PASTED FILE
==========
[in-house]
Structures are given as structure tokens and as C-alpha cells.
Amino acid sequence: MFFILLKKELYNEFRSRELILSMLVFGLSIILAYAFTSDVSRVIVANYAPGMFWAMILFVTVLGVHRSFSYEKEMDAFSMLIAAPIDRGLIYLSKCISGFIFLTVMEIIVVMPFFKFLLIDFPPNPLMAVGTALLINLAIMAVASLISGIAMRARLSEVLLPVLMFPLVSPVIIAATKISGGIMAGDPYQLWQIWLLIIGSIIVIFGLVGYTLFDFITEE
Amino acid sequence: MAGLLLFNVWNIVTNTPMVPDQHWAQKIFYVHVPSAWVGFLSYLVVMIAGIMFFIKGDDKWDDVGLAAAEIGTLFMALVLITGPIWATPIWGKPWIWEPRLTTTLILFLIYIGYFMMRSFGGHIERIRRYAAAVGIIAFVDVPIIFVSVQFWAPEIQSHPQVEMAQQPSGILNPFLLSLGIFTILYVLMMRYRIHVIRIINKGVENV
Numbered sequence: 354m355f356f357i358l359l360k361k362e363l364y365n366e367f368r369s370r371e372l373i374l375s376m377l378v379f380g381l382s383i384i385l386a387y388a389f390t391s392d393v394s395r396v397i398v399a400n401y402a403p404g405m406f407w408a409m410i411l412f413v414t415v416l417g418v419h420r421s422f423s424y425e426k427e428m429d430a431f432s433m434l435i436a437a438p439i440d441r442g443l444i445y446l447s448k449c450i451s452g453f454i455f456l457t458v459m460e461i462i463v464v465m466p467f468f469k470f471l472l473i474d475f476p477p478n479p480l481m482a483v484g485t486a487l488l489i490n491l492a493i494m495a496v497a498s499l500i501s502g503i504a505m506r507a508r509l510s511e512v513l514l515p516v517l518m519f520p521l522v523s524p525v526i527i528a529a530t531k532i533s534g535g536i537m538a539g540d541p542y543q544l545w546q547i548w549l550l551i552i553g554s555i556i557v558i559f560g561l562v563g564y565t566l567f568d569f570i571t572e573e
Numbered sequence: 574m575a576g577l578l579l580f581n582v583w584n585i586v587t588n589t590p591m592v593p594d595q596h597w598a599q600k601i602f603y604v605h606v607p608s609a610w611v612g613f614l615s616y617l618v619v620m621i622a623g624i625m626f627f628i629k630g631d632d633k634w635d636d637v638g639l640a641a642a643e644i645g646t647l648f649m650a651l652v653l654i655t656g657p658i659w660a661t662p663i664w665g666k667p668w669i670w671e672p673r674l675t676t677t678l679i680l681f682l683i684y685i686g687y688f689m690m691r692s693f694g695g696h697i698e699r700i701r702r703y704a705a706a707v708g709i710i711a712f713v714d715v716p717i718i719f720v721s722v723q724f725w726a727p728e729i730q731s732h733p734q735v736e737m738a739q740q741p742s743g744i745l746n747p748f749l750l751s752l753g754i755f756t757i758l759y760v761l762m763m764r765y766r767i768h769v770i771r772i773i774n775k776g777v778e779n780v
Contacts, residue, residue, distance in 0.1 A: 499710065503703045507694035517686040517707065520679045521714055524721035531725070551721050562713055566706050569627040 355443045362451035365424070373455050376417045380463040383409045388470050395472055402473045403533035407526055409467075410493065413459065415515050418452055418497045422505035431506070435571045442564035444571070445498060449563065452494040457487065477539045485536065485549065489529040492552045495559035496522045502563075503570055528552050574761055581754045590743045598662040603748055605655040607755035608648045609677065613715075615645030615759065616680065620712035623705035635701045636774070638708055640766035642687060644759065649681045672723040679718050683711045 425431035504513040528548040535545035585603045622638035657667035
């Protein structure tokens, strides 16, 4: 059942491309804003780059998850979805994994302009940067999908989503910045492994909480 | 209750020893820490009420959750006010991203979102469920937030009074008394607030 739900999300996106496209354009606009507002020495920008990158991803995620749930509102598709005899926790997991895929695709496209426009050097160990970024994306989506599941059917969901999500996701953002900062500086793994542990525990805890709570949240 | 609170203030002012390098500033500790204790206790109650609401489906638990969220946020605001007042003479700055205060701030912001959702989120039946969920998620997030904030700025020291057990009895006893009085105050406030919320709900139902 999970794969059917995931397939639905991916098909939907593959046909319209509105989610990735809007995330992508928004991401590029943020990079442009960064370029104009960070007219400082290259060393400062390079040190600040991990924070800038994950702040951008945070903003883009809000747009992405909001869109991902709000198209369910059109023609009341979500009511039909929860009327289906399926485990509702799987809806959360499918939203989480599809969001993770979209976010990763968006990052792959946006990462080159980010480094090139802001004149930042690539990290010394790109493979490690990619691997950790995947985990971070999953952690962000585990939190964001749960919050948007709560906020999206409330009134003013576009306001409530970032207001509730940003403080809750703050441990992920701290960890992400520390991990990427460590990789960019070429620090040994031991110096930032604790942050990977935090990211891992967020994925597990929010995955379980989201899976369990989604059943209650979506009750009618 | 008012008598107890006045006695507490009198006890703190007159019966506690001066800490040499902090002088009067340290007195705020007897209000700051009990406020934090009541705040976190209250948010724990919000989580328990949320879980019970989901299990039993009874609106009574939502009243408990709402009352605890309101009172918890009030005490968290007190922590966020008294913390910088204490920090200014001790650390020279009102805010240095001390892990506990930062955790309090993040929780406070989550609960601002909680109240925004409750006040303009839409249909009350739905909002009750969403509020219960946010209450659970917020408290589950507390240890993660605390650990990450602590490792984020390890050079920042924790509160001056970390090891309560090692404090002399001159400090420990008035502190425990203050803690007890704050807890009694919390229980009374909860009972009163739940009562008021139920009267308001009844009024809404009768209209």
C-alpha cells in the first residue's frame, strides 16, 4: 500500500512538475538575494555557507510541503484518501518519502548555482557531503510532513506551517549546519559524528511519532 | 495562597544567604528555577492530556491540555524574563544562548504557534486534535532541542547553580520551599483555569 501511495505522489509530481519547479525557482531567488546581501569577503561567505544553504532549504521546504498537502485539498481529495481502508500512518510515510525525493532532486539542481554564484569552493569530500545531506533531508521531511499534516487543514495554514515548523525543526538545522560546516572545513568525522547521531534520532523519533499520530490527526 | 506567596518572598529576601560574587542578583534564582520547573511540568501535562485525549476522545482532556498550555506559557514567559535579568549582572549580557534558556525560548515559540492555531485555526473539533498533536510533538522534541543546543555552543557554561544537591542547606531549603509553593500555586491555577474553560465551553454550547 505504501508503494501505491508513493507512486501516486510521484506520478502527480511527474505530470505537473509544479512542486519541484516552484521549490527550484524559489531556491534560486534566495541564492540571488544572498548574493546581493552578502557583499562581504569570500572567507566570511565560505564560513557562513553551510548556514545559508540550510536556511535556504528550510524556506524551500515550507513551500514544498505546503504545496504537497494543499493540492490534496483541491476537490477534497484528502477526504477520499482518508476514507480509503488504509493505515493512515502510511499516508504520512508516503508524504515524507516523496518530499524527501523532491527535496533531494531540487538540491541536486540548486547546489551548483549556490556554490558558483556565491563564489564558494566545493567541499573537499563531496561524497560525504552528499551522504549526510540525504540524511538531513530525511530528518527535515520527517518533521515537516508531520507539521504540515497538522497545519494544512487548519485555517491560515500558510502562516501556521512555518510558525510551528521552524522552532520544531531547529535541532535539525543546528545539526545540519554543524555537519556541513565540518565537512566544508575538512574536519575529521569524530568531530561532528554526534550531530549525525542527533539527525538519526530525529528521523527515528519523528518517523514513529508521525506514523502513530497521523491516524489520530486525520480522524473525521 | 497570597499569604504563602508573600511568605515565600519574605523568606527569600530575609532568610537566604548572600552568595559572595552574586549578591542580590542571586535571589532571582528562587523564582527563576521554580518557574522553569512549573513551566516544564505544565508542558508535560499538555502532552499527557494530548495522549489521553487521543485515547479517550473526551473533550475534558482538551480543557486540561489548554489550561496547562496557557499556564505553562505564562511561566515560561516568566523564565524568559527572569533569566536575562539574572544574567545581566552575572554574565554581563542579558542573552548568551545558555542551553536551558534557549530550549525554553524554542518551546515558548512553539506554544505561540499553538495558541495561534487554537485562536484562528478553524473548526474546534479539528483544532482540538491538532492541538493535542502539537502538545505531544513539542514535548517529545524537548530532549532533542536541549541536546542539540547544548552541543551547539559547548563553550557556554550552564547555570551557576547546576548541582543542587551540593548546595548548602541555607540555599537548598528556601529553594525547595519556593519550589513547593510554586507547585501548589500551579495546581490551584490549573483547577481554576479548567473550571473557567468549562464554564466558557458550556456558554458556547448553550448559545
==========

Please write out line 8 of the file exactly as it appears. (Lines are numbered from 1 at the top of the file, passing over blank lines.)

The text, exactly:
């Protein structure tokens, strides 16, 4: 059942491309804003780059998850979805994994302009940067999908989503910045492994909480 | 209750020893820490009420959750006010991203979102469920937030009074008394607030 739900999300996106496209354009606009507002020495920008990158991803995620749930509102598709005899926790997991895929695709496209426009050097160990970024994306989506599941059917969901999500996701953002900062500086793994542990525990805890709570949240 | 609170203030002012390098500033500790204790206790109650609401489906638990969220946020605001007042003479700055205060701030912001959702989120039946969920998620997030904030700025020291057990009895006893009085105050406030919320709900139902 999970794969059917995931397939639905991916098909939907593959046909319209509105989610990735809007995330992508928004991401590029943020990079442009960064370029104009960070007219400082290259060393400062390079040190600040991990924070800038994950702040951008945070903003883009809000747009992405909001869109991902709000198209369910059109023609009341979500009511039909929860009327289906399926485990509702799987809806959360499918939203989480599809969001993770979209976010990763968006990052792959946006990462080159980010480094090139802001004149930042690539990290010394790109493979490690990619691997950790995947985990971070999953952690962000585990939190964001749960919050948007709560906020999206409330009134003013576009306001409530970032207001509730940003403080809750703050441990992920701290960890992400520390991990990427460590990789960019070429620090040994031991110096930032604790942050990977935090990211891992967020994925597990929010995955379980989201899976369990989604059943209650979506009750009618 | 008012008598107890006045006695507490009198006890703190007159019966506690001066800490040499902090002088009067340290007195705020007897209000700051009990406020934090009541705040976190209250948010724990919000989580328990949320879980019970989901299990039993009874609106009574939502009243408990709402009352605890309101009172918890009030005490968290007190922590966020008294913390910088204490920090200014001790650390020279009102805010240095001390892990506990930062955790309090993040929780406070989550609960601002909680109240925004409750006040303009839409249909009350739905909002009750969403509020219960946010209450659970917020408290589950507390240890993660605390650990990450602590490792984020390890050079920042924790509160001056970390090891309560090692404090002399001159400090420990008035502190425990203050803690007890704050807890009694919390229980009374909860009972009163739940009562008021139920009267308001009844009024809404009768209209």